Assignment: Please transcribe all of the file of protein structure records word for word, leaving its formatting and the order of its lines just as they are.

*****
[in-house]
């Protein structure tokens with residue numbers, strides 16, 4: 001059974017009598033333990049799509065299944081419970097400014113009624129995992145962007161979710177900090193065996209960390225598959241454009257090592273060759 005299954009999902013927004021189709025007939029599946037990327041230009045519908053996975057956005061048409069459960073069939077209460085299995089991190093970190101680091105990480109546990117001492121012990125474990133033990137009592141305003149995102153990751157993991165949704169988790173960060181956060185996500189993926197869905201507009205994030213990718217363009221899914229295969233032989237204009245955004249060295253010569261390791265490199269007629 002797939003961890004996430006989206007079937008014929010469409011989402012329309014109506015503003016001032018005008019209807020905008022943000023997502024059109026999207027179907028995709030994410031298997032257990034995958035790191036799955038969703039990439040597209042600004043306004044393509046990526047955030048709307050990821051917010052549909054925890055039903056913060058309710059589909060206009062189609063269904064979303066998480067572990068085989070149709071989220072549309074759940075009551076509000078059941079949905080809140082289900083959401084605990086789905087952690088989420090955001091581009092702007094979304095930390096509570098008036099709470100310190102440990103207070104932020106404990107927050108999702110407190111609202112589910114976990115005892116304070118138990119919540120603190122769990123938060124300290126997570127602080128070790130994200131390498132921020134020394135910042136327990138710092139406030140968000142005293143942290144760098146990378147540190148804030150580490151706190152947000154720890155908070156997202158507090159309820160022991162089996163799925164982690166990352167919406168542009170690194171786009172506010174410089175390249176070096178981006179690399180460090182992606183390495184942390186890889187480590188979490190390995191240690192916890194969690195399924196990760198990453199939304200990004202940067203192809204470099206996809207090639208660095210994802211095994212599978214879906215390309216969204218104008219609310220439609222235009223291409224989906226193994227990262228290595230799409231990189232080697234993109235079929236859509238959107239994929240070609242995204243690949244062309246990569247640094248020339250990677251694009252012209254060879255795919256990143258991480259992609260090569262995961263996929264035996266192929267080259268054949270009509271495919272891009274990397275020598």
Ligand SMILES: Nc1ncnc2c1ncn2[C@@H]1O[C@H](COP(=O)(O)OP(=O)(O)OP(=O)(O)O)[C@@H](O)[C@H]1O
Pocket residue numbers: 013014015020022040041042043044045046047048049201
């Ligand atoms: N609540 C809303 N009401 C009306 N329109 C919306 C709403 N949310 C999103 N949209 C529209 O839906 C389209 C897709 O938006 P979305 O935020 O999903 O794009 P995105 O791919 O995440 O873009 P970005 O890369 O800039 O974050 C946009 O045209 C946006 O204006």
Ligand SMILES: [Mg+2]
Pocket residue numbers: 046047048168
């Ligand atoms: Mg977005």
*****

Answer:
[in-house]
């Protein structure tokens with residue numbers, strides 16, 4: 001059974017009598033333990049799509065299944081419970097400014113009624129995992145962007161979710177900090193065996209960390225598959241454009257090592273060759 005299954009999902013927004021189709025007939029599946037990327041230009045519908053996975057956005061048409069459960073069939077209460085299995089991190093970190101680091105990480109546990117001492121012990125474990133033990137009592141305003149995102153990751157993991165949704169988790173960060181956060185996500189993926197869905201507009205994030213990718217363009221899914229295969233032989237204009245955004249060295253010569261390791265490199269007629 002797939003961890004996430006989206007079937008014929010469409011989402012329309014109506015503003016001032018005008019209807020905008022943000023997502024059109026999207027179907028995709030994410031298997032257990034995958035790191036799955038969703039990439040597209042600004043306004044393509046990526047955030048709307050990821051917010052549909054925890055039903056913060058309710059589909060206009062189609063269904064979303066998480067572990068085989070149709071989220072549309074759940075009551076509000078059941079949905080809140082289900083959401084605990086789905087952690088989420090955001091581009092702007094979304095930390096509570098008036099709470100310190102440990103207070104932020106404990107927050108999702110407190111609202112589910114976990115005892116304070118138990119919540120603190122769990123938060124300290126997570127602080128070790130994200131390498132921020134020394135910042136327990138710092139406030140968000142005293143942290144760098146990378147540190148804030150580490151706190152947000154720890155908070156997202158507090159309820160022991162089996163799925164982690166990352167919406168542009170690194171786009172506010174410089175390249176070096178981006179690399180460090182992606183390495184942390186890889187480590188979490190390995191240690192916890194969690195399924196990760198990453199939304200990004202940067203192809204470099206996809207090639208660095210994802211095994212599978214879906215390309216969204218104008219609310220439609222235009223291409224989906226193994227990262228290595230799409231990189232080697234993109235079929236859509238959107239994929240070609242995204243690949244062309246990569247640094248020339250990677251694009252012209254060879255795919256990143258991480259992609260090569262995961263996929264035996266192929267080259268054949270009509271495919272891009274990397275020598």
Ligand SMILES: Nc1ncnc2c1ncn2[C@@H]1O[C@H](COP(=O)(O)OP(=O)(O)OP(=O)(O)O)[C@@H](O)[C@H]1O
Pocket residue numbers: 013014015020022040041042043044045046047048049201
């Ligand atoms: N609540 C809303 N009401 C009306 N329109 C919306 C709403 N949310 C999103 N949209 C529209 O839906 C389209 C897709 O938006 P979305 O935020 O999903 O794009 P995105 O791919 O995440 O873009 P970005 O890369 O800039 O974050 C946009 O045209 C946006 O204006």
Ligand SMILES: [Mg+2]
Pocket residue numbers: 046047048168
């Ligand atoms: Mg977005």